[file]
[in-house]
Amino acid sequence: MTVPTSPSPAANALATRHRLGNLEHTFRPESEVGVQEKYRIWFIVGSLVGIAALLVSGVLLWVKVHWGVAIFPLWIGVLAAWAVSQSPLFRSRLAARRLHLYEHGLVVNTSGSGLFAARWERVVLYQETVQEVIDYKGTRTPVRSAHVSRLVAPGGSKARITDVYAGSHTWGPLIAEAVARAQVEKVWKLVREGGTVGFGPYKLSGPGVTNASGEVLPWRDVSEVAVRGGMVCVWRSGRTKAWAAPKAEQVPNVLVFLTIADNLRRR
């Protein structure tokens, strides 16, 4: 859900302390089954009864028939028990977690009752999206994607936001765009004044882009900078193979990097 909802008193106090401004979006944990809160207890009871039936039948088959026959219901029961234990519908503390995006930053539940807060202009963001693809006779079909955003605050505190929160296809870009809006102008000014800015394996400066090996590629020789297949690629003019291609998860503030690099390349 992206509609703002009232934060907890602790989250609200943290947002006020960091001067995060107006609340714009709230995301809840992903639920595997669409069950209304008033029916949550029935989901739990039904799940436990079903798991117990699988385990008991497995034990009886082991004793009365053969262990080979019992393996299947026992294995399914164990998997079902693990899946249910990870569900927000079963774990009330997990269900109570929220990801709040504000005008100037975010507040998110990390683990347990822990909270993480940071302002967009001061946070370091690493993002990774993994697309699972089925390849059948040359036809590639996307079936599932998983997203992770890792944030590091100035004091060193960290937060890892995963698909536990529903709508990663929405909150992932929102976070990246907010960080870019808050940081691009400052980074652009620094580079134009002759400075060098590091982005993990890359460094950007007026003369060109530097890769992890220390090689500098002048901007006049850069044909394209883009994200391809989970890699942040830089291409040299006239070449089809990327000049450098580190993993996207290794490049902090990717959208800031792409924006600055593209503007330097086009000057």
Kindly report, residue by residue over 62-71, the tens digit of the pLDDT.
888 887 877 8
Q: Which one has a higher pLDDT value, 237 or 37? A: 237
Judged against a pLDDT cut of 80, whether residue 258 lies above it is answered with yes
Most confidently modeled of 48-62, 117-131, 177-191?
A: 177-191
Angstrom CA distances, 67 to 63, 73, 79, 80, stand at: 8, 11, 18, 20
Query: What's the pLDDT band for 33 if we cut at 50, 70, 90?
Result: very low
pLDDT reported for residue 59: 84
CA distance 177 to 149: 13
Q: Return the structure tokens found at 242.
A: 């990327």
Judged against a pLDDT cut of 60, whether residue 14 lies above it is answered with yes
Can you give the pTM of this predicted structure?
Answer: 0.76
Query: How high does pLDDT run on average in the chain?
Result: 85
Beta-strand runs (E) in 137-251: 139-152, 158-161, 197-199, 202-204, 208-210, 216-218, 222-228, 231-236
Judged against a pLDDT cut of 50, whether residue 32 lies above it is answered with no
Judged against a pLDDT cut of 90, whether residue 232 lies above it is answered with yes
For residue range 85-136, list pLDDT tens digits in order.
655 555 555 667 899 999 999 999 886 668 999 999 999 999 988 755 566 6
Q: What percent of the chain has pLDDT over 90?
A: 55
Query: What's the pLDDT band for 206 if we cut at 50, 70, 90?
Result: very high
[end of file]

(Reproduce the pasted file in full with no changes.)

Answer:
[in-house]
Amino acid sequence: MTVPTSPSPAANALATRHRLGNLEHTFRPESEVGVQEKYRIWFIVGSLVGIAALLVSGVLLWVKVHWGVAIFPLWIGVLAAWAVSQSPLFRSRLAARRLHLYEHGLVVNTSGSGLFAARWERVVLYQETVQEVIDYKGTRTPVRSAHVSRLVAPGGSKARITDVYAGSHTWGPLIAEAVARAQVEKVWKLVREGGTVGFGPYKLSGPGVTNASGEVLPWRDVSEVAVRGGMVCVWRSGRTKAWAAPKAEQVPNVLVFLTIADNLRRR
């Protein structure tokens, strides 16, 4: 859900302390089954009864028939028990977690009752999206994607936001765009004044882009900078193979990097 909802008193106090401004979006944990809160207890009871039936039948088959026959219901029961234990519908503390995006930053539940807060202009963001693809006779079909955003605050505190929160296809870009809006102008000014800015394996400066090996590629020789297949690629003019291609998860503030690099390349 992206509609703002009232934060907890602790989250609200943290947002006020960091001067995060107006609340714009709230995301809840992903639920595997669409069950209304008033029916949550029935989901739990039904799940436990079903798991117990699988385990008991497995034990009886082991004793009365053969262990080979019992393996299947026992294995399914164990998997079902693990899946249910990870569900927000079963774990009330997990269900109570929220990801709040504000005008100037975010507040998110990390683990347990822990909270993480940071302002967009001061946070370091690493993002990774993994697309699972089925390849059948040359036809590639996307079936599932998983997203992770890792944030590091100035004091060193960290937060890892995963698909536990529903709508990663929405909150992932929102976070990246907010960080870019808050940081691009400052980074652009620094580079134009002759400075060098590091982005993990890359460094950007007026003369060109530097890769992890220390090689500098002048901007006049850069044909394209883009994200391809989970890699942040830089291409040299006239070449089809990327000049450098580190993993996207290794490049902090990717959208800031792409924006600055593209503007330097086009000057």
Kindly report, residue by residue over 62-71, the tens digit of the pLDDT.
888 887 877 8
Q: Which one has a higher pLDDT value, 237 or 37? A: 237
Judged against a pLDDT cut of 80, whether residue 258 lies above it is answered with yes
Most confidently modeled of 48-62, 117-131, 177-191?
A: 177-191
Angstrom CA distances, 67 to 63, 73, 79, 80, stand at: 8, 11, 18, 20
Query: What's the pLDDT band for 33 if we cut at 50, 70, 90?
Result: very low
pLDDT reported for residue 59: 84
CA distance 177 to 149: 13
Q: Return the structure tokens found at 242.
A: 């990327």
Judged against a pLDDT cut of 60, whether residue 14 lies above it is answered with yes
Can you give the pTM of this predicted structure?
Answer: 0.76
Query: How high does pLDDT run on average in the chain?
Result: 85
Beta-strand runs (E) in 137-251: 139-152, 158-161, 197-199, 202-204, 208-210, 216-218, 222-228, 231-236
Judged against a pLDDT cut of 50, whether residue 32 lies above it is answered with no
Judged against a pLDDT cut of 90, whether residue 232 lies above it is answered with yes
For residue range 85-136, list pLDDT tens digits in order.
655 555 555 667 899 999 999 999 886 668 999 999 999 999 988 755 566 6
Q: What percent of the chain has pLDDT over 90?
A: 55
Query: What's the pLDDT band for 206 if we cut at 50, 70, 90?
Result: very high